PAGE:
The People Behind The Portraits
In November, Indian performance artist Nikhil Chopra transformed himself into a Victorian portrait artist at Wolverhampton Art Gallery and, over the course of three days, created a new work exploring cultural connections and historical backgrounds of the people who live in the city today. Rebecca Morris watched the 18-hour performance, which was commissioned by Meadow Arts as part of multi-venue exhibition Shakti.
Chopra’s dapper appearance matches the surroundings in the Victorian Gallery. His dark hair is closely cropped with a neat moustache and he is wearing a long Victorian frock coat, complemented by a crisp white shirt, burgundy waistcoat, a green spotted cravat and a black bowler hat. An Indian Dhoti is assembled into regulation black trousers. A portrait from the collection, An Egyptian Beauty by Thomas Pelham (1860-92), hangs on the wall as inspiration for what is to come and assembled in the centre of the gallery on a slightly raised platform there is an antique chair, table and tea service on a carpet from Bantock House Museum amid purple and gold Indian silk fabrics from India. At the side of the gallery, piles of charcoal sticks in a variety of sizes lie in bundles along with several brown paper packages tied up with string.
Observed by an audience of art lovers and interested bystanders, Chopra works in silence, communicating only with the people from the audience he selects as sitters and serving them with tea and biscuits from the antique tea service. They either sit or stand by the chair, whose presence is reflected in every portrait.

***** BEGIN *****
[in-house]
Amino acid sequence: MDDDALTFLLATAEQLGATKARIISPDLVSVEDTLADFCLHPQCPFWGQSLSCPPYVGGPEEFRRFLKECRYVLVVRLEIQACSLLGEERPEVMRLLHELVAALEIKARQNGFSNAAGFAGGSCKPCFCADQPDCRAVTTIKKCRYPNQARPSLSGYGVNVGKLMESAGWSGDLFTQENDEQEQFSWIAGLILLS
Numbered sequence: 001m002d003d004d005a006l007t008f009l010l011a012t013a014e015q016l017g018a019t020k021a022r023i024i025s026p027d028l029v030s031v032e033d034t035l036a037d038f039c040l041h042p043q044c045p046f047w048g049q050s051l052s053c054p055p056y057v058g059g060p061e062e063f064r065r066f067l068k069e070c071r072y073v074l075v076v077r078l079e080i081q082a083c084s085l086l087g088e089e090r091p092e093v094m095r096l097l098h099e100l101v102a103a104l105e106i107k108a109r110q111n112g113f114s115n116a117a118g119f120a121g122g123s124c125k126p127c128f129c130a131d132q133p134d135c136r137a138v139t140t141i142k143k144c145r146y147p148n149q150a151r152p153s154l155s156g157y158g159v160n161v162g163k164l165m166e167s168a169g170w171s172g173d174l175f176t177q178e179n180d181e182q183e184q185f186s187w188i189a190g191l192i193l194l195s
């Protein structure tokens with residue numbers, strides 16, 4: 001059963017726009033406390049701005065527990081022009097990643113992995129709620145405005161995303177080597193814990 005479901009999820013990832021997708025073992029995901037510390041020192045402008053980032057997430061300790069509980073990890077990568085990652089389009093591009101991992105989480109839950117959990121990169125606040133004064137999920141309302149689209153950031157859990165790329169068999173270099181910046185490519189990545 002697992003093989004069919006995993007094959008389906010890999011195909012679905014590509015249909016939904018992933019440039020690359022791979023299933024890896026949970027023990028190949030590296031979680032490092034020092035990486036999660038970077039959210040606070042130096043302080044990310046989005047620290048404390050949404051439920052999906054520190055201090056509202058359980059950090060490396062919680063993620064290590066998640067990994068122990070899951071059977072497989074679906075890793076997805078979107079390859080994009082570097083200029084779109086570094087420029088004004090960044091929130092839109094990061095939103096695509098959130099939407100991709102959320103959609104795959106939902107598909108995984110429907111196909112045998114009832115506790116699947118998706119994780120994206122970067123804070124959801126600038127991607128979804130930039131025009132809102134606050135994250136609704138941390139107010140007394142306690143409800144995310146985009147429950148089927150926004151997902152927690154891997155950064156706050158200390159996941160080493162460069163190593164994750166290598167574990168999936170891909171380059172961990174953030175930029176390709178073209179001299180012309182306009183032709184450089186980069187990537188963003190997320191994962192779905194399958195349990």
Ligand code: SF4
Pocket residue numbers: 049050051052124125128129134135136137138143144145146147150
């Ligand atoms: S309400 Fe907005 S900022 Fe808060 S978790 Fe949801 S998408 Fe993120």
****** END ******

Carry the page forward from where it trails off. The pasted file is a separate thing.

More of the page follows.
The event, entitled Space Oddity, has been inspired by the Art Gallery’s collection of Indian artefacts and eight people who have come from other parts of the world to live in Wolverhampton. “The landscape is a Space Oddity and it is an imagined place - a place that could be anywhere,” explains Chopra. “The words allude to the strangeness of a place and it’s an oddity to find all these sitters in the landscape, juxtaposing their reality with a fantasy that isn’t here. The title is familiar to most people as a 1969 song by British Glam Rock icon David Bowie and it was a time in British history of rock and roll, women’s rights, the empowerment of the working class, booming Western economies and migrants in their 100,000s arriving from the ex-colonies to cities like Wolverhampton.”
“The chair appears in each portrait and it has a personality of its own. I felt I understood it better towards the end of the performance and it’s an endless process of discovery and evolution, getting better with every drawing. Maybe the chair is Wolverhampton, mimicking life with the sitters staying for a while, their portraits leaving a trace, a mark, before they go.”